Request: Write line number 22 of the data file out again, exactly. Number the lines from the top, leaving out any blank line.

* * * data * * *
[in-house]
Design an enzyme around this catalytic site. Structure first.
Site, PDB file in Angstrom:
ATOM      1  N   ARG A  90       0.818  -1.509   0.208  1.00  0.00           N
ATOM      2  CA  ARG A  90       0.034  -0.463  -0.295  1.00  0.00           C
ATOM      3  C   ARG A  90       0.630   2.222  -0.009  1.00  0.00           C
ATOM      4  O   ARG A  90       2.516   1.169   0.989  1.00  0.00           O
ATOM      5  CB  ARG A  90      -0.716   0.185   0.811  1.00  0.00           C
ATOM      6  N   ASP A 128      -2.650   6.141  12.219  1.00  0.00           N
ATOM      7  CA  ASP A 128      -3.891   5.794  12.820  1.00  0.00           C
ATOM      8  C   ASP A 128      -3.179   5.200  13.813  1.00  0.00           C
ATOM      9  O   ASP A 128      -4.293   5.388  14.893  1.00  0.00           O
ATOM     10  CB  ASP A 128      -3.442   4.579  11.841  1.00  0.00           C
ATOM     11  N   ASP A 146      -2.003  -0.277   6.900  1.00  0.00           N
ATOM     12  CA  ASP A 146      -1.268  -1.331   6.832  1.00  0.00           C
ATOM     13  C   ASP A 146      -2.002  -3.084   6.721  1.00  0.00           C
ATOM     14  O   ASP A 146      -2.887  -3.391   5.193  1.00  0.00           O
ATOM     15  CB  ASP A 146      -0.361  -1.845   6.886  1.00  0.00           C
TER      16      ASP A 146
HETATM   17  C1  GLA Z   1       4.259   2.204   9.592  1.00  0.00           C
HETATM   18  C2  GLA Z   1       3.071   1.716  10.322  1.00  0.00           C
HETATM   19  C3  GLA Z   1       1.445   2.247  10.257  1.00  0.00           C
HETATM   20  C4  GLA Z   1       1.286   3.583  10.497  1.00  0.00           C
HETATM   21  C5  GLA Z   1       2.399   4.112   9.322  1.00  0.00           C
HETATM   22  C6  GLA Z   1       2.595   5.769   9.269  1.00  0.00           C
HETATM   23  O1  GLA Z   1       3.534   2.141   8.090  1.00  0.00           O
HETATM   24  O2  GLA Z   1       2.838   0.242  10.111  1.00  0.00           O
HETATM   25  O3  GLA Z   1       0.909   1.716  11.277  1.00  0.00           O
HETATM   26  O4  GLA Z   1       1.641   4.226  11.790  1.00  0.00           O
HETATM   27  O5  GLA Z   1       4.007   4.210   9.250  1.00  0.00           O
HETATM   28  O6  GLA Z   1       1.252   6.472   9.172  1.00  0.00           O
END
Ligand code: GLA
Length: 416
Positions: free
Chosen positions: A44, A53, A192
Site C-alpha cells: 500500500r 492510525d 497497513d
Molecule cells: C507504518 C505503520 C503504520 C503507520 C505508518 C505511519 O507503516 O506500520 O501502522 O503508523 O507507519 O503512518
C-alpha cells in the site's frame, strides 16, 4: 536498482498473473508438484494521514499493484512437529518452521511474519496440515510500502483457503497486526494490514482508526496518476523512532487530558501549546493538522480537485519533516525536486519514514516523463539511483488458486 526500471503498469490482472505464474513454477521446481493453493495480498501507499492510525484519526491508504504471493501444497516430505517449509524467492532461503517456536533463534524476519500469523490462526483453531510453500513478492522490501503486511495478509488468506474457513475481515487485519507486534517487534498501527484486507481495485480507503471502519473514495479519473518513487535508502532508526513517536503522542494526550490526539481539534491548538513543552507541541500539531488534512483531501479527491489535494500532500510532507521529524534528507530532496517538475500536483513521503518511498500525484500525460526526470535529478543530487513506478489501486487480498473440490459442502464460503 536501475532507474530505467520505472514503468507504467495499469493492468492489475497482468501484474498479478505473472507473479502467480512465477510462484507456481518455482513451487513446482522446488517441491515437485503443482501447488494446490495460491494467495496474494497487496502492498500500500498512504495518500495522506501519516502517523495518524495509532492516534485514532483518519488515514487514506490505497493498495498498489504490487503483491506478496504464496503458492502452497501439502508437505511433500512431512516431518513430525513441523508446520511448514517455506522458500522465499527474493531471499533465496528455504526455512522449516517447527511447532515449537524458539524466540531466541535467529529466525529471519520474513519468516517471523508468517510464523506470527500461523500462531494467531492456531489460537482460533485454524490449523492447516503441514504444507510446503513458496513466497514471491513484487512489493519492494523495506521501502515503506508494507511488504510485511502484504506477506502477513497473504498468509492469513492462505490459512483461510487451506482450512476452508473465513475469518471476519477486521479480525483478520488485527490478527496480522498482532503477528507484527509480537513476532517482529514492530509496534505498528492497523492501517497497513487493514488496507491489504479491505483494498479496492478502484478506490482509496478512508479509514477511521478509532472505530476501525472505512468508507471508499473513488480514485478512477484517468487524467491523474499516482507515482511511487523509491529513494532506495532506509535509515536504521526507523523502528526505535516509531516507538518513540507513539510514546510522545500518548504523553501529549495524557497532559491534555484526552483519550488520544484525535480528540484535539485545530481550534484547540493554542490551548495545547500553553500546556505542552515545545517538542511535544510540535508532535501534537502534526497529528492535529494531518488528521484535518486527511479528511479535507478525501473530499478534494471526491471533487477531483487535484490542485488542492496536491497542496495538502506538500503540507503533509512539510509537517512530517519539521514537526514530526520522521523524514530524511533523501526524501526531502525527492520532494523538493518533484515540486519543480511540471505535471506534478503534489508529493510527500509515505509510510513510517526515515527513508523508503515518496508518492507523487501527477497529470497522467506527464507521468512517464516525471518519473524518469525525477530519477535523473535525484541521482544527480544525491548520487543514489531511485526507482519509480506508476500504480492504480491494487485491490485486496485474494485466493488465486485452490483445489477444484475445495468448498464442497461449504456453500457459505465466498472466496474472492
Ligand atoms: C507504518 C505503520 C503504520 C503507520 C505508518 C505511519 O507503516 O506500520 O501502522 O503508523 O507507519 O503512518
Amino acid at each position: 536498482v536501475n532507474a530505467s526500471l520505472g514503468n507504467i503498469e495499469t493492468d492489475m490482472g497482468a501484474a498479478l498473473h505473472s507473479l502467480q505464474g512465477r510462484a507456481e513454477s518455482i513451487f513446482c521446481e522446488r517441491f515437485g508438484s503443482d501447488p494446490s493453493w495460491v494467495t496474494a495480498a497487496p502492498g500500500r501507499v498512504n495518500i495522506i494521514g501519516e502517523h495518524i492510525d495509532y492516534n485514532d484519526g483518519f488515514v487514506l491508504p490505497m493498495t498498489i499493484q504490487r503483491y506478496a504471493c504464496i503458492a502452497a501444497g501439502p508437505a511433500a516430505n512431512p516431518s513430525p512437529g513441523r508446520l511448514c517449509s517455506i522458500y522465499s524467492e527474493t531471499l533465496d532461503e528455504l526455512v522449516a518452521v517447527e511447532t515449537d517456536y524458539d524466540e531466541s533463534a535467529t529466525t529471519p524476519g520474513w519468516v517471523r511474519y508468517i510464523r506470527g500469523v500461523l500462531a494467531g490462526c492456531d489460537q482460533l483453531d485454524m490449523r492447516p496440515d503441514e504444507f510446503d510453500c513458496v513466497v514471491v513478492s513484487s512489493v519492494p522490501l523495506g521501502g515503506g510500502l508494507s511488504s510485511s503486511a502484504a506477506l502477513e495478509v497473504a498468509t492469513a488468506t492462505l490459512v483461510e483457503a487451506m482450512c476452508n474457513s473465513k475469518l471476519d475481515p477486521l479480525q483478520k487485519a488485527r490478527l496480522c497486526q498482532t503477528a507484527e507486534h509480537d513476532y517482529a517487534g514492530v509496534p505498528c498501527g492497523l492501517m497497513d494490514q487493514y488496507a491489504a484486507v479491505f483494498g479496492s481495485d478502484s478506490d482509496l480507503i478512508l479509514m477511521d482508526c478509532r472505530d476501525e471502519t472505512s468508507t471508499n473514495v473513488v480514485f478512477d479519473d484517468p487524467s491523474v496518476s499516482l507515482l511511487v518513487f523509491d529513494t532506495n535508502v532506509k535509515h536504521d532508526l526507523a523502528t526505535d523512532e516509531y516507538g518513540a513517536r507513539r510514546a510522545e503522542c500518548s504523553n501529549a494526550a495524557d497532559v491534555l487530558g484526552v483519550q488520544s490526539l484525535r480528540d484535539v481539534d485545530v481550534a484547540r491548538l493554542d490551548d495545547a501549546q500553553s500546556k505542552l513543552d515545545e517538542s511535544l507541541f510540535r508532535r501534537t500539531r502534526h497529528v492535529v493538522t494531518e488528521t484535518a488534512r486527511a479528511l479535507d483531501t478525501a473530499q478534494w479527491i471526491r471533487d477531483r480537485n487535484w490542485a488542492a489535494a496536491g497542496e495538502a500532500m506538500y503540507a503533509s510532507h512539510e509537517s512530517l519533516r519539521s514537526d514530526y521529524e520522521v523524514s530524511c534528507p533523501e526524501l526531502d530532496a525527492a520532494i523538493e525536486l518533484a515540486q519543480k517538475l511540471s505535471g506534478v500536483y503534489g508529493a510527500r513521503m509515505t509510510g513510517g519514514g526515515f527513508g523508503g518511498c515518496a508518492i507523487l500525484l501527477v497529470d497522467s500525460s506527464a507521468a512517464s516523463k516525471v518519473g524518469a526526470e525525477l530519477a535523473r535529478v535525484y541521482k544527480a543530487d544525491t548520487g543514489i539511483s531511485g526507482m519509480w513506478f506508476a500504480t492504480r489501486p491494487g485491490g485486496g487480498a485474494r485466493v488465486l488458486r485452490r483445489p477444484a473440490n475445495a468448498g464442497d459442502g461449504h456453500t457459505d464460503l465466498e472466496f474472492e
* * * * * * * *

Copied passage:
HETATM   19  C3  GLA Z   1       1.445   2.247  10.257  1.00  0.00           C